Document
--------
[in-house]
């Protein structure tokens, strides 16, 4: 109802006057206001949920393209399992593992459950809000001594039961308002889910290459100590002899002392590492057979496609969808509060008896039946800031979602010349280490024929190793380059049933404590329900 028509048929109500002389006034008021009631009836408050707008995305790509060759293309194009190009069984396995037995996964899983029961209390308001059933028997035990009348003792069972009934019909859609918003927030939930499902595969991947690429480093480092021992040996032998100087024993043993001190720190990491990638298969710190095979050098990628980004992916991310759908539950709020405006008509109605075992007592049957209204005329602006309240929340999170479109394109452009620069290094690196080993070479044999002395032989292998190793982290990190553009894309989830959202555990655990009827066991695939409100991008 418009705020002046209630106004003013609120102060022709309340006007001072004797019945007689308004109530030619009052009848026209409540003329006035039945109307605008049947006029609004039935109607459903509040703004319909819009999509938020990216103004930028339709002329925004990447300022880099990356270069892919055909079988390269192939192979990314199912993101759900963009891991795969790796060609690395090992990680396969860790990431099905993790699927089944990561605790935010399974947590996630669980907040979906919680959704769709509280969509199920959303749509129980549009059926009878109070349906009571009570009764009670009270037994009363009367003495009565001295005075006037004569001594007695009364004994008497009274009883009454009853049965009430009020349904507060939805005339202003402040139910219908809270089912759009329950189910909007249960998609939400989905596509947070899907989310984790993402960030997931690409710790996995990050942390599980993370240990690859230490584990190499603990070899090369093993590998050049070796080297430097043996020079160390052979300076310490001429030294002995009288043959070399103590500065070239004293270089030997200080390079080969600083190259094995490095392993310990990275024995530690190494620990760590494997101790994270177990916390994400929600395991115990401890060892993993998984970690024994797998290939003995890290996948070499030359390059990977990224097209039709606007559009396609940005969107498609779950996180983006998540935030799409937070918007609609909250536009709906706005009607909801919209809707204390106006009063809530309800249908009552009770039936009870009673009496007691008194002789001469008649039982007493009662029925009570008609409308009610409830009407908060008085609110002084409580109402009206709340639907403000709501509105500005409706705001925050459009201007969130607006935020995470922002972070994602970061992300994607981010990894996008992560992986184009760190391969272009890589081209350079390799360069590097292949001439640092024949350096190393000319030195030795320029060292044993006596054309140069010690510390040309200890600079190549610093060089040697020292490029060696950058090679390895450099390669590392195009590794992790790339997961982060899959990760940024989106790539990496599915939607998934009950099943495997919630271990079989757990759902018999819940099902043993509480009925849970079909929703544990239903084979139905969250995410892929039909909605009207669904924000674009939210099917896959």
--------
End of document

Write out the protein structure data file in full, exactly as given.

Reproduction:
[in-house]
């Protein structure tokens, strides 16, 4: 109802006057206001949920393209399992593992459950809000001594039961308002889910290459100590002899002392590492057979496609969808509060008896039946800031979602010349280490024929190793380059049933404590329900 028509048929109500002389006034008021009631009836408050707008995305790509060759293309194009190009069984396995037995996964899983029961209390308001059933028997035990009348003792069972009934019909859609918003927030939930499902595969991947690429480093480092021992040996032998100087024993043993001190720190990491990638298969710190095979050098990628980004992916991310759908539950709020405006008509109605075992007592049957209204005329602006309240929340999170479109394109452009620069290094690196080993070479044999002395032989292998190793982290990190553009894309989830959202555990655990009827066991695939409100991008 418009705020002046209630106004003013609120102060022709309340006007001072004797019945007689308004109530030619009052009848026209409540003329006035039945109307605008049947006029609004039935109607459903509040703004319909819009999509938020990216103004930028339709002329925004990447300022880099990356270069892919055909079988390269192939192979990314199912993101759900963009891991795969790796060609690395090992990680396969860790990431099905993790699927089944990561605790935010399974947590996630669980907040979906919680959704769709509280969509199920959303749509129980549009059926009878109070349906009571009570009764009670009270037994009363009367003495009565001295005075006037004569001594007695009364004994008497009274009883009454009853049965009430009020349904507060939805005339202003402040139910219908809270089912759009329950189910909007249960998609939400989905596509947070899907989310984790993402960030997931690409710790996995990050942390599980993370240990690859230490584990190499603990070899090369093993590998050049070796080297430097043996020079160390052979300076310490001429030294002995009288043959070399103590500065070239004293270089030997200080390079080969600083190259094995490095392993310990990275024995530690190494620990760590494997101790994270177990916390994400929600395991115990401890060892993993998984970690024994797998290939003995890290996948070499030359390059990977990224097209039709606007559009396609940005969107498609779950996180983006998540935030799409937070918007609609909250536009709906706005009607909801919209809707204390106006009063809530309800249908009552009770039936009870009673009496007691008194002789001469008649039982007493009662029925009570008609409308009610409830009407908060008085609110002084409580109402009206709340639907403000709501509105500005409706705001925050459009201007969130607006935020995470922002972070994602970061992300994607981010990894996008992560992986184009760190391969272009890589081209350079390799360069590097292949001439640092024949350096190393000319030195030795320029060292044993006596054309140069010690510390040309200890600079190549610093060089040697020292490029060696950058090679390895450099390669590392195009590794992790790339997961982060899959990760940024989106790539990496599915939607998934009950099943495997919630271990079989757990759902018999819940099902043993509480009925849970079909929703544990239903084979139905969250995410892929039909909605009207669904924000674009939210099917896959």